I do alignments at the shop were I work and sometimes the specs don't mean a thing.
I don't get that statement at all. Maybe I'm ignorant about that

I'm taking it down to the shop today if he has time....I'm gonna spin all 4 wheels and see if theres more resistance on one side or the other...check my calipers/pistons and my rear drums. I've already greased everything and inspected the steering joints and box...looked good to me.
Since I've switched the front tires to the back and it still had the same amount of pull, I don't see how switching them left to right will make a difference.

And I don't understand the difference between driving on asphalt and concrete, they're both pretty smooth. The only concrete around here is on bridges and yes, it pulls on the bridges. I don't see why a truck would pull one way on asphalt and not concrete or vice versa...again, maybe I'm ignorant about this. But thanks for the suggestions.

I'll let ya know if I figure it out.
 

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I'm w/ T R...........I've previously done alot of front end/alignment work as well. Let me try to put his statement another way; say [just guessing] the specs call for 5 deg positive camber each side with a tolerance of 1 deg plus or minus and 4 deg positive caster each side plus or minus 2 deg. For the sake of argument, they read as follows; R/S...........4.5 deg positive camber & 3.5 deg positive caster; L/S............4.2 deg positive camber & 4.5 deg positive caster. In theory, they are within tolerances. However, with the offsets all going right, the vehicle may want to pull that direction [1 deg caster off-set & 3/10 deg camber offset]. This is just an example; don't know what your actual numbers are. Point is, even if the numbers ' are in spec ', if you have large enough camber or caster offsets, or both, going in that direction, you may still get that pull. The rule of thumb we always went by w/ anything rear-wheel drive was camber offset as close to zero as possible and approx 1/2 deg caster offset going to the left, in theory, to compensate for any crown in the road. As far as the offset camber bushings on the upper ball joint; heck yeah, if your guy doesn't mind taking the time and you don't mind spending the money, great idea!!! They can tend to be a pain on the Dana's though. Also, with the tires, just one more suggestion; instead of back to front, try cross-rotating them [right to left, left to right]. Good luck!!!!!!!!!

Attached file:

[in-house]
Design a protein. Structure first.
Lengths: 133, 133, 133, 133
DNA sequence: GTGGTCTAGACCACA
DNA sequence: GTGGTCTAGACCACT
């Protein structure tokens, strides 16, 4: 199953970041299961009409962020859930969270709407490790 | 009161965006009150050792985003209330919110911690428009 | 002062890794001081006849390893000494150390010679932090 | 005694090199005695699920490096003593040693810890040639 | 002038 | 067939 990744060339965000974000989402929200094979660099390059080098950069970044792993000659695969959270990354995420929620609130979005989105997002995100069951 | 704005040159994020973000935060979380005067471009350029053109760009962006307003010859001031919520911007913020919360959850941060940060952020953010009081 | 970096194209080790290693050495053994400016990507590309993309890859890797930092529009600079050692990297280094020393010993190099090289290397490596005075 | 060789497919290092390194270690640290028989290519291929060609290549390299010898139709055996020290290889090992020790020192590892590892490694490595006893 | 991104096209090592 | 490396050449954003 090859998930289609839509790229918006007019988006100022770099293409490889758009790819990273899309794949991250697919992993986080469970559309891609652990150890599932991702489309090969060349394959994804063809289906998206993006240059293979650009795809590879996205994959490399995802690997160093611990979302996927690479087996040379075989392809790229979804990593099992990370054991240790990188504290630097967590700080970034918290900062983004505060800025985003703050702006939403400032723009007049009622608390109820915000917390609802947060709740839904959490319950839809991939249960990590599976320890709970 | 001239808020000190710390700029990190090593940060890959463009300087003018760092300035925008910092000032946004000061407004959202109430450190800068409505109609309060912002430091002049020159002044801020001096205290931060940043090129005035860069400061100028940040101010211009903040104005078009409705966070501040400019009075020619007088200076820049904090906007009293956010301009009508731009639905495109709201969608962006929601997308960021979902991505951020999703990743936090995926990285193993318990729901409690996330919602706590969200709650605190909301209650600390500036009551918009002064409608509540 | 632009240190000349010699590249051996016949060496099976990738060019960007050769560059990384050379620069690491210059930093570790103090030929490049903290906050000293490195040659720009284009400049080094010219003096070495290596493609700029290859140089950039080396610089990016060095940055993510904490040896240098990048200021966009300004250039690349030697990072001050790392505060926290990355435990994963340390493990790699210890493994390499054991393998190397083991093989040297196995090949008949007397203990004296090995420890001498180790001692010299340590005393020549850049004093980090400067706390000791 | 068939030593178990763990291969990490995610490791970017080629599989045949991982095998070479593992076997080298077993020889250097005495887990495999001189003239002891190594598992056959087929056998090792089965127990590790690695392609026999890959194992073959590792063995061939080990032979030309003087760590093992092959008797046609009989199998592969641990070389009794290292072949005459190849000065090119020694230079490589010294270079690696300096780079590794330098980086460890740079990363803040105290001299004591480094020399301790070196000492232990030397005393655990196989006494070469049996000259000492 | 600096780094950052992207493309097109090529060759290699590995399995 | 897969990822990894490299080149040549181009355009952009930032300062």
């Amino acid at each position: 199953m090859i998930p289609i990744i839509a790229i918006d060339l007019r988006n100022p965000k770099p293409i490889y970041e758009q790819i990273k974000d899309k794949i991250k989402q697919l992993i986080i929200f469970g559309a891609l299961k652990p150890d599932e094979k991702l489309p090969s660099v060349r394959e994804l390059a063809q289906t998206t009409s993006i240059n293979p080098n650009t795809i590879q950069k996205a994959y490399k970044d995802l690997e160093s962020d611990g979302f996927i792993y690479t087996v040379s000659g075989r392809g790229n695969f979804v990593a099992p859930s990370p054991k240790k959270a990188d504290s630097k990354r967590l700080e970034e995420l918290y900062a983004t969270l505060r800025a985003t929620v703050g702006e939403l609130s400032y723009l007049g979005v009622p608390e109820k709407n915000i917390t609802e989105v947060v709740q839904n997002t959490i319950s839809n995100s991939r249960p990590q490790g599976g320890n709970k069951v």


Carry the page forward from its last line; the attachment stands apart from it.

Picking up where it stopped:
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Mag said:
I watched my alignment mechanic as he checked out why my RC was pulling slightly to the right. The alignment was just like it was the last time I had him check it. We thought it might be a radial pull so we switched the back tires to the front. The tires are brand spank'n new with no "cupping" or unusual tread wear. He had these things that go on the ball joints, they were pretty much off-set shims that you can turn to make it pull one way or the other....I didn't know if this was a good idea or not, so should I let him put them on since my alignment is good? What else could I try?

Mag
Very big passenger? ;D
 

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This is not so odd as it sounds. At one time my RC had a weird shimmy at about 50 mph but the trouble was it never did it when I had anyone else in the truck with me, and only did it once in a while even when I was driving alone. Turned out it was worn out upper control arm bushings. :)

americanboytowing said:
Mag said:
I watched my alignment mechanic as he checked out why my RC was pulling slightly to the right. The alignment was just like it was the last time I had him check it. We thought it might be a radial pull so we switched the back tires to the front. The tires are brand spank'n new with no "cupping" or unusual tread wear. He had these things that go on the ball joints, they were pretty much off-set shims that you can turn to make it pull one way or the other....I didn't know if this was a good idea or not, so should I let him put them on since my alignment is good? What else could I try?

Mag
Very big passenger? ;D